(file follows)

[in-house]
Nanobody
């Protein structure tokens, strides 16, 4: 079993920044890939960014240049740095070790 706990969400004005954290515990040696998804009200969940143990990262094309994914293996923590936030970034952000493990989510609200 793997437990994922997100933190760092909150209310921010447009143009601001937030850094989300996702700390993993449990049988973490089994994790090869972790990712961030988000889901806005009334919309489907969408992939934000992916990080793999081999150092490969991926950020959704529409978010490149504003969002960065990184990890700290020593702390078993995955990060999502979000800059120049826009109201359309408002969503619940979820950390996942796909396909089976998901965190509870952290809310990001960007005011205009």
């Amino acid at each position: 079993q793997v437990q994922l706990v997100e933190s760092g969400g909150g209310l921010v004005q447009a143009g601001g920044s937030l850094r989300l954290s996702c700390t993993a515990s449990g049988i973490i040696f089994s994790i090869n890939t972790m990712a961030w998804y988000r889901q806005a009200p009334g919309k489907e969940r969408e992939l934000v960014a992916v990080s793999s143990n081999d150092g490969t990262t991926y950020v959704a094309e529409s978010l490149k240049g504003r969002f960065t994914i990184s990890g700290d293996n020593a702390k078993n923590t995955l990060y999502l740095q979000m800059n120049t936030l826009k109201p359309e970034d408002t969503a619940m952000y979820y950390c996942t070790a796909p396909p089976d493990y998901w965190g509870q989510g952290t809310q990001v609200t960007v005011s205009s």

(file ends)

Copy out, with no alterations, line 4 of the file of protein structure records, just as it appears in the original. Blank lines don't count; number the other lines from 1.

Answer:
């Amino acid at each position: 079993q793997v437990q994922l706990v997100e933190s760092g969400g909150g209310l921010v004005q447009a143009g601001g920044s937030l850094r989300l954290s996702c700390t993993a515990s449990g049988i973490i040696f089994s994790i090869n890939t972790m990712a961030w998804y988000r889901q806005a009200p009334g919309k489907e969940r969408e992939l934000v960014a992916v990080s793999s143990n081999d150092g490969t990262t991926y950020v959704a094309e529409s978010l490149k240049g504003r969002f960065t994914i990184s990890g700290d293996n020593a702390k078993n923590t995955l990060y999502l740095q979000m800059n120049t936030l826009k109201p359309e970034d408002t969503a619940m952000y979820y950390c996942t070790a796909p396909p089976d493990y998901w965190g509870q989510g952290t809310q990001v609200t960007v005011s205009s």